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Executable UML: Diagrams for the Future  : Page 3

Executable UML marries an abstract program model with a platform-specific model compiler that outputs an executable application. If successful, this combination holds the potential for a major shift in development tasks.

Executable UML: Why the Book Is Important
Although Stephen J. Mellor and his late colleague Sally Shlaer are two of the seminal thinkers behind MDA, they are rarely given credit in either the OMG's public records or elsewhere. Their early work with the arguably ill-named Recursive Design was completely isomorphic with the principle tenet of MDA, namely that an implementation-neutral yet complete specification or solution could be translated through mapping into a target implementation. Shlaer-Mellor Object-Oriented Analysis (SM-OOA) was an early object development method and notation centered on such a translative approach. It was mildly popular in certain development niches, particularly in the real-time and embedded systems world. The notational consolidation that gave rise to UML effectively delivered a knockout blow to SM-OOA as a notation but perhaps, as we shall see, not as a method. The consolidation of the notational styles and artifacts of Booch, Rumbaugh, and Jacobsen into one "unified" whole—UML—is to the modeling community what paella is to the Spanish kitchen: throw whatever you have into the pot. Unfortunately, what is delicious in a culinary sense has become to the modeling community a rather complex and intertwined set of artifacts that often leaves the novice overwhelmed and may indeed steer developers away from using UML. In an ideal world, given unlimited resources, the full UML can theoretically be used to create the perfect software. In practical terms and in most practice, a subset of UML is sufficient to create useful software for real world needs. This pragmatic approach gives rise to the notion of UML profiles. A UML profile is a subset of UML that is necessary and sufficient for a given development effort.

The consolidation of the notational styles and artifacts of Booch, Rumbaugh, and Jacobsen into one "unified" whole—UML—is to the modeling community what paella is to the Spanish kitchen: throw whatever you have into the pot.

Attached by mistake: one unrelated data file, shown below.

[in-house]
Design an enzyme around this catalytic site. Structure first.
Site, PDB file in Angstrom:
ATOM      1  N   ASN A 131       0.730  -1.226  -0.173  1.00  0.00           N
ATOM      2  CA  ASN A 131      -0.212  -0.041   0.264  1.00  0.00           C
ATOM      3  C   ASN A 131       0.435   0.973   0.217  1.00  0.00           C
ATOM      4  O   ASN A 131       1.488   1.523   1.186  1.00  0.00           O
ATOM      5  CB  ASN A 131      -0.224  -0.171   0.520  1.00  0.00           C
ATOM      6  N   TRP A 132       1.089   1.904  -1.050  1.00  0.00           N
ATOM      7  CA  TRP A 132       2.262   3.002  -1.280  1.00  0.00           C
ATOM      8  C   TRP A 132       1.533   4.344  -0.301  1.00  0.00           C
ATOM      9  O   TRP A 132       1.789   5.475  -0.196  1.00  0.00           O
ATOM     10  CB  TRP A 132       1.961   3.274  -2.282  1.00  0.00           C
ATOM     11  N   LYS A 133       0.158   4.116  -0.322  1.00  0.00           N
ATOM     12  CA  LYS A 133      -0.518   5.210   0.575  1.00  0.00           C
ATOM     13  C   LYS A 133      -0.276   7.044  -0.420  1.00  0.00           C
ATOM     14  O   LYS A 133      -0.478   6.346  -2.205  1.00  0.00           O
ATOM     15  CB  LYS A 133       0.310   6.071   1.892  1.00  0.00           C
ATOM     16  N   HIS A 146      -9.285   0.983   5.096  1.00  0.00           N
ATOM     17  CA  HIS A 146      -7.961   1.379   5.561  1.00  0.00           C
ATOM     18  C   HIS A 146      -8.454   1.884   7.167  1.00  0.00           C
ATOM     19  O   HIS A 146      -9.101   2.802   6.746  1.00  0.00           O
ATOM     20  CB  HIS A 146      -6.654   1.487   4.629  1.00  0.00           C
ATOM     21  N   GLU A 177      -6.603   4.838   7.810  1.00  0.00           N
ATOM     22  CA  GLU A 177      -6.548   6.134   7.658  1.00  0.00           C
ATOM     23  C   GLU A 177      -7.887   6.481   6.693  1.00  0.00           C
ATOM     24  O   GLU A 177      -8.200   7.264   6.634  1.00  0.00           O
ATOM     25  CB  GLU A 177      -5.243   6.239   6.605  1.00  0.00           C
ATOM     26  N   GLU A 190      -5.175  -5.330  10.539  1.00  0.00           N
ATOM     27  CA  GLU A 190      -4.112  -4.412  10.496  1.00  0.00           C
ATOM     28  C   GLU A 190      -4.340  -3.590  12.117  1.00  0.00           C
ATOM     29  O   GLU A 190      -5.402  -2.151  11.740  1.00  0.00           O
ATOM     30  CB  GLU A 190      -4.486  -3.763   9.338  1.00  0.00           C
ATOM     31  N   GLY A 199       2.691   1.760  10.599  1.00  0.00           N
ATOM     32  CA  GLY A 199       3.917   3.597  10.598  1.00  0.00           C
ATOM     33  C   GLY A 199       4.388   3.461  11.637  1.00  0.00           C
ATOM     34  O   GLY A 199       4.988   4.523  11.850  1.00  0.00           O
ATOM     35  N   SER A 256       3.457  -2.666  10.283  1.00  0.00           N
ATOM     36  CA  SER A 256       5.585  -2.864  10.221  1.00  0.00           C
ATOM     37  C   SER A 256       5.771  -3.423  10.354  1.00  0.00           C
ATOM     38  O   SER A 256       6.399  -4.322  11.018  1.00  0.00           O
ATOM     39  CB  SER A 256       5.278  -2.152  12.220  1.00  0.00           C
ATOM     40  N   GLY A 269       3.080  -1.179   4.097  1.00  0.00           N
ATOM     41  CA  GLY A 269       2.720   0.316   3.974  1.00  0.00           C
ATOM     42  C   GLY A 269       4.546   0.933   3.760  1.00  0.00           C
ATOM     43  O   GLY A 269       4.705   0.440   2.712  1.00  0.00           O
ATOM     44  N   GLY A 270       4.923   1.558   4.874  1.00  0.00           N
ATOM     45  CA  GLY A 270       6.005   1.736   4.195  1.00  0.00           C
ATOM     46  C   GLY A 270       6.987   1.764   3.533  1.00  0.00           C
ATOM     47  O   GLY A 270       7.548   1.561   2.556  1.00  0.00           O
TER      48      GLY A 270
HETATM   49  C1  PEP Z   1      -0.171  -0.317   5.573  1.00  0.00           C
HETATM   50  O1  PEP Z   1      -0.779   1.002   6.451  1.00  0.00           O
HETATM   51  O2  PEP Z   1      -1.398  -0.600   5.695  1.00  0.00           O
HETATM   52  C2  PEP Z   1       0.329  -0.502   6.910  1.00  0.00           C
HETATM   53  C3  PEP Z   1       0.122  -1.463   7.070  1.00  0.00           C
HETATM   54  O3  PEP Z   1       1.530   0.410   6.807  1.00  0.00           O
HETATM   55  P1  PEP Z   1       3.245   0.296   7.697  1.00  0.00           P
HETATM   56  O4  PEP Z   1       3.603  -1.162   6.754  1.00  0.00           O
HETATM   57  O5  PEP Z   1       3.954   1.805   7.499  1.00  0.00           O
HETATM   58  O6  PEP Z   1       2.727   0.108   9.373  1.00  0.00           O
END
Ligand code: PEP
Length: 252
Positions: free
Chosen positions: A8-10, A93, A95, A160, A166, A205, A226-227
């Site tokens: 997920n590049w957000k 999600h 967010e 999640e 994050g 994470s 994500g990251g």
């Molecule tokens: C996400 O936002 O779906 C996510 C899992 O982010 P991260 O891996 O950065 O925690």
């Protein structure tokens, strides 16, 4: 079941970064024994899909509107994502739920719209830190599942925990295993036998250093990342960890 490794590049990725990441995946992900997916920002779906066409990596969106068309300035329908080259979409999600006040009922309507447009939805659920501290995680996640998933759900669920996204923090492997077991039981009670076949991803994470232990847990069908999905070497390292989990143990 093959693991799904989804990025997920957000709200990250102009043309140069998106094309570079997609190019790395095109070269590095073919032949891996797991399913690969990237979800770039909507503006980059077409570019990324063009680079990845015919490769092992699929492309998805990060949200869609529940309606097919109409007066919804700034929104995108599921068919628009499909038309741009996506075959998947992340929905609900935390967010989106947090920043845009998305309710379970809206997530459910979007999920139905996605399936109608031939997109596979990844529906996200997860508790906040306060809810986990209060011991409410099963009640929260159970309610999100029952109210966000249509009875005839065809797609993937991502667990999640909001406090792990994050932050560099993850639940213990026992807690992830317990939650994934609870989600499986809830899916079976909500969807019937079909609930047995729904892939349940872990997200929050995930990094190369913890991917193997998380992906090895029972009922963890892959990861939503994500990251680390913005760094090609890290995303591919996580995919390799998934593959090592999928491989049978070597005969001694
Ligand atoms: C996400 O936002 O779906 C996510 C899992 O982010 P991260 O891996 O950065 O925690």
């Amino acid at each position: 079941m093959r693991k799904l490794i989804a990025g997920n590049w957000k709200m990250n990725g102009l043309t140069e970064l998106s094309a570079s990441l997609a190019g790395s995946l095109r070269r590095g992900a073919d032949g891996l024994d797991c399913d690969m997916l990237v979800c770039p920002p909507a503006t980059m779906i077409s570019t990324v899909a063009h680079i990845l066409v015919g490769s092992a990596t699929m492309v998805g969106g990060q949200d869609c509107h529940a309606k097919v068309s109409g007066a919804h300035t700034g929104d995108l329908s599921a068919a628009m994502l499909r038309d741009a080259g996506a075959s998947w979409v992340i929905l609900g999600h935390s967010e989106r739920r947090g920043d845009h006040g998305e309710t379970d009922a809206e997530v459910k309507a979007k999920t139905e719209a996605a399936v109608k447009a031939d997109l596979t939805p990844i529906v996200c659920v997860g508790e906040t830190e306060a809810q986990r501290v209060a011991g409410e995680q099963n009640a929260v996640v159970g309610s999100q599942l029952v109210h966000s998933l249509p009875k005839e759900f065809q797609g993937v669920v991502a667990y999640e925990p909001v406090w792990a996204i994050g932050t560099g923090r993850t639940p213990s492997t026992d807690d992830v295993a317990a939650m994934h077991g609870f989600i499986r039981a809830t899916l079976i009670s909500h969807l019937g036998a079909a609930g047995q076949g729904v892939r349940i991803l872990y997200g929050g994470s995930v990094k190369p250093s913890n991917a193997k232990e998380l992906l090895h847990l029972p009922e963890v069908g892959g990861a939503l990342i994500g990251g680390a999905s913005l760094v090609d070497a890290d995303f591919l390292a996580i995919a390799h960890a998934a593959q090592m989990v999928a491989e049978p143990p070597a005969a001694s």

In their book Executable UML: A Foundation for Model-Driven Architecture, Mellor and co-author Balcer offer a profile of UML that is unapologetically equivalent to the artifacts used in SM-OOA, albeit using UML notation. The authors go as far as to say, "Executable UML brings Shlaer-Mellor and UML notation together by using UML notation and incorporating concepts of execution." In other words, the authors have conceded the notational battle, but still favor translation over elaboration (see the sidebar The Three Amigos). There are a few minor changes, such as the absence of a requirement for identifiers and referential attributes, which differentiate the UML profile defined by Mellor and Balcer from pure SM-OOA. But overall, their UML profile and its usage is essentially SM-OOA: this is not necessarily a bad thing, given the conceptual similarity of SM-OOA and MDA.

The book uses only four artifacts of UML: Packages, Class Diagrams, State Models, and a semantically valid action language. The authors contend that, for a large class of applications, these are the only constructs needed to create a complete, consistent, and verifiable model of an application that can be mapped onto and executed within a VEE. Packages provide the structural elements necessary to separate the various subject matters of an application development effort into domains. To appreciate the use of the other three artifacts, consider the abstract programming model of data, control, and algorithm: Class Diagrams provide the specification of the data, State Models provide the specification of control, and the action language provides the specification of algorithm. Modelers make these specifications are made at a higher level of abstraction than is possible in a third generation language. The intellectual capital captured in the models is protected from the evolution of execution technology because there is a clear separation between the specification of the solution and its implementation. All that is needed to execute the solution is a VEE and the appropriate mapping from the model into that VEE. This mapping is accomplished by the use of a model compiler.

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